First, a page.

The following statement was released to the press and to BCI this afternoon. For those following or affected by the ongoing situation with the lay pension fund, we thought you would find it to be of interest.
April 4, 2011 Statement of David W. Smith, Retired Chancellor of the Archdiocese of Boston, Former Pension Plan Administrator, Former Pension Plan Trustee
Former Archdiocese of Boston Chancellor renews Call for Takeover of Archdiocesan Pension Plan by Massachusetts Attorney General Martha Coakley and Secretary of Commonwealth William Galvin to Protect Public Interest
I am pleased that His Eminence Sean Cardinal O’Malley publicly committed on April 1 to “do everything in my power to care of the thousands of people who have given their lives in service to the Church.” While at a high level the words may be reassuring to some pension beneficiaries, since the details and actions behind the words are missing, the question must still be asked, “Where’s the beef?” Unfortunately, the Cardinal’s statement on the Archdiocesan pension plan failed to answer the open questions and did little more than shift the focus away from the key issue: The Archdiocese cannot be allowed to retain control of the pension trust.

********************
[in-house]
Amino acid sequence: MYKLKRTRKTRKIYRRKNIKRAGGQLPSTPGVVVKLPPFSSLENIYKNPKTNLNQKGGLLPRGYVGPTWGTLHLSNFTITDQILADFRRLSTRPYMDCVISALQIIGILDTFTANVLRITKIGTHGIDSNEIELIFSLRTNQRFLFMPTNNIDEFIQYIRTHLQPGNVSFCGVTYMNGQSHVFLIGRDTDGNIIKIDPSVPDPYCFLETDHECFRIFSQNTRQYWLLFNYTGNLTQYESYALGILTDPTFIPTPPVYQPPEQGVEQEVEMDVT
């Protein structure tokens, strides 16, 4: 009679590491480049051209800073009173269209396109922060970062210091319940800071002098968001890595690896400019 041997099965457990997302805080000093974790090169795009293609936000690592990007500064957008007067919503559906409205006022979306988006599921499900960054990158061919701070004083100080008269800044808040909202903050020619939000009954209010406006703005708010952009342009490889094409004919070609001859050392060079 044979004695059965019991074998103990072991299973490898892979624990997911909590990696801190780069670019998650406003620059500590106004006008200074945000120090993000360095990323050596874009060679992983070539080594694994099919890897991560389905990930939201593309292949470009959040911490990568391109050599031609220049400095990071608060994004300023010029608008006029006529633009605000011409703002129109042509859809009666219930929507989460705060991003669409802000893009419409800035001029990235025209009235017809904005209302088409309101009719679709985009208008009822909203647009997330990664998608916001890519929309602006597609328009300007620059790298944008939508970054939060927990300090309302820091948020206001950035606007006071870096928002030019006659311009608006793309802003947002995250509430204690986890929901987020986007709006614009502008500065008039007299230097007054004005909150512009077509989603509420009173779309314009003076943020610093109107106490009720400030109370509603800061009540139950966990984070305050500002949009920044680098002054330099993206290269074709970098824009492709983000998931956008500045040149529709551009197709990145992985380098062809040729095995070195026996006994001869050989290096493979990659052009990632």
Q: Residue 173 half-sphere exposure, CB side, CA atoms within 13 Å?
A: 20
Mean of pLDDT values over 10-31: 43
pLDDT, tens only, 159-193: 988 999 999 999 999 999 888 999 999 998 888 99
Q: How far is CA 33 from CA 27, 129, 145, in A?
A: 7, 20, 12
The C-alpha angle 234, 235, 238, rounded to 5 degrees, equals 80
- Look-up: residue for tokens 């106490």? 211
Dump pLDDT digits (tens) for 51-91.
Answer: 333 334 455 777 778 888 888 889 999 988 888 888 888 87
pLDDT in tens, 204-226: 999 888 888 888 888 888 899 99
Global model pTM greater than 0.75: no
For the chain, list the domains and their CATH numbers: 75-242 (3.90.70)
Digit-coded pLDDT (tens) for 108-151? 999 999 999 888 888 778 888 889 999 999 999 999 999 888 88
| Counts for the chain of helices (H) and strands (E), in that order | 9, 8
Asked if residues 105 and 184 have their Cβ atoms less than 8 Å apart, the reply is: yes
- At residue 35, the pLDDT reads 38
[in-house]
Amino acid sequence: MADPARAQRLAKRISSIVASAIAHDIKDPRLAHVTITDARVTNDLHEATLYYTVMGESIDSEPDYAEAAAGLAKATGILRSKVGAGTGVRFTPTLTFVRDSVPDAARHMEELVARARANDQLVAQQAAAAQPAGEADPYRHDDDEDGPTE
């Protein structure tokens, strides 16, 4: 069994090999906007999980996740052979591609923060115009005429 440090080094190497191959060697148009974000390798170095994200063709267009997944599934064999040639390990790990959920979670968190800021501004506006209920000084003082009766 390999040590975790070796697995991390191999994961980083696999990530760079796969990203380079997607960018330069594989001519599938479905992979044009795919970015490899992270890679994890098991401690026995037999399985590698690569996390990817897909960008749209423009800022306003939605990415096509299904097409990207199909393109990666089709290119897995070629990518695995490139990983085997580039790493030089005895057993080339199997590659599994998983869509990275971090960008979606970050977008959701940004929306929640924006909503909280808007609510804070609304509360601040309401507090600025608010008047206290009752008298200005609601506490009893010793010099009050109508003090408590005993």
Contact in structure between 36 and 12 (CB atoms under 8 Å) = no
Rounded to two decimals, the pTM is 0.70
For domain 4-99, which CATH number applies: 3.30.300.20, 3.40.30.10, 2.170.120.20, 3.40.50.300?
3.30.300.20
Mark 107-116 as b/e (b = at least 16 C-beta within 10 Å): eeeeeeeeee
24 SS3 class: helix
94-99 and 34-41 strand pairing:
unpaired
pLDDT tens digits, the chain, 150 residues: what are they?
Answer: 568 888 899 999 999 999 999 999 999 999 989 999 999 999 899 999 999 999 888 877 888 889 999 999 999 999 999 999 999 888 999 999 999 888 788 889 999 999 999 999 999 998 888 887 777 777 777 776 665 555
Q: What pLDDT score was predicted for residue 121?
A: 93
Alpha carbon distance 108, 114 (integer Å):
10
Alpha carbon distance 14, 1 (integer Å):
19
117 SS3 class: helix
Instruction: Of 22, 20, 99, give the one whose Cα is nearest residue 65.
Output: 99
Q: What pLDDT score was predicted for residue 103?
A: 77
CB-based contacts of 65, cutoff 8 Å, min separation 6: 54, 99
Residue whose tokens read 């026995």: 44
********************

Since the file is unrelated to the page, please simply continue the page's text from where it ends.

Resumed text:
I am also glad that Cardinal O’Malley has implicitly acknowledged coercion was used to get people to sign up for the “take you share of whatever happens to be left” offer and he will give those who have already made that choice a chance to change their decision.
Although Cardinal O’Malley committed to do everything in his power to care for the thousands of people who served the Church, what he did not say is that he has promised this in the past and those promises have not been kept. This is the same position he took when he and I first talked about lay pensions, and it’s also the same position he took when he committed in 2004 to use the proceeds of reconfiguration to fully fund the obligations of closed parishes.